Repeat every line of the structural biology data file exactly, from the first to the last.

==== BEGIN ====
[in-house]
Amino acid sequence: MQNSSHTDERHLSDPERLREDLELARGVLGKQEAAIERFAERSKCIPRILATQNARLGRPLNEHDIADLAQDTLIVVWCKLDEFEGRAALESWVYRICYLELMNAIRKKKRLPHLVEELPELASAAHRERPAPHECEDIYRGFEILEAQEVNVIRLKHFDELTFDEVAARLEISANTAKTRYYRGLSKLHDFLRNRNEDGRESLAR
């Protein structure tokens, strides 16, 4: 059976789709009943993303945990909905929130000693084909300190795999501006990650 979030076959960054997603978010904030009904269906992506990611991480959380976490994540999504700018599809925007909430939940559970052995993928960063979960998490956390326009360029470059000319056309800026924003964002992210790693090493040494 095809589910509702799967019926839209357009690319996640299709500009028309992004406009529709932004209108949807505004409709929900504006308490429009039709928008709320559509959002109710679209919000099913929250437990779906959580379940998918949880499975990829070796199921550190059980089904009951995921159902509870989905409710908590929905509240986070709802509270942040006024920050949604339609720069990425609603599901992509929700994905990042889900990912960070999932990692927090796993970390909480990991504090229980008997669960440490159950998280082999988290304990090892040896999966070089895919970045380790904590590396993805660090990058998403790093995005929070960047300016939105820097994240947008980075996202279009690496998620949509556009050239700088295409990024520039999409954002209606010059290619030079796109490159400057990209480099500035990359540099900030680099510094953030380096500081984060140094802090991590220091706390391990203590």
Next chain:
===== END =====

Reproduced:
[in-house]
Amino acid sequence: MQNSSHTDERHLSDPERLREDLELARGVLGKQEAAIERFAERSKCIPRILATQNARLGRPLNEHDIADLAQDTLIVVWCKLDEFEGRAALESWVYRICYLELMNAIRKKKRLPHLVEELPELASAAHRERPAPHECEDIYRGFEILEAQEVNVIRLKHFDELTFDEVAARLEISANTAKTRYYRGLSKLHDFLRNRNEDGRESLAR
């Protein structure tokens, strides 16, 4: 059976789709009943993303945990909905929130000693084909300190795999501006990650 979030076959960054997603978010904030009904269906992506990611991480959380976490994540999504700018599809925007909430939940559970052995993928960063979960998490956390326009360029470059000319056309800026924003964002992210790693090493040494 095809589910509702799967019926839209357009690319996640299709500009028309992004406009529709932004209108949807505004409709929900504006308490429009039709928008709320559509959002109710679209919000099913929250437990779906959580379940998918949880499975990829070796199921550190059980089904009951995921159902509870989905409710908590929905509240986070709802509270942040006024920050949604339609720069990425609603599901992509929700994905990042889900990912960070999932990692927090796993970390909480990991504090229980008997669960440490159950998280082999988290304990090892040896999966070089895919970045380790904590590396993805660090990058998403790093995005929070960047300016939105820097994240947008980075996202279009690496998620949509556009050239700088295409990024520039999409954002209606010059290619030079796109490159400057990209480099500035990359540099900030680099510094953030380096500081984060140094802090991590220091706390391990203590």
Next chain: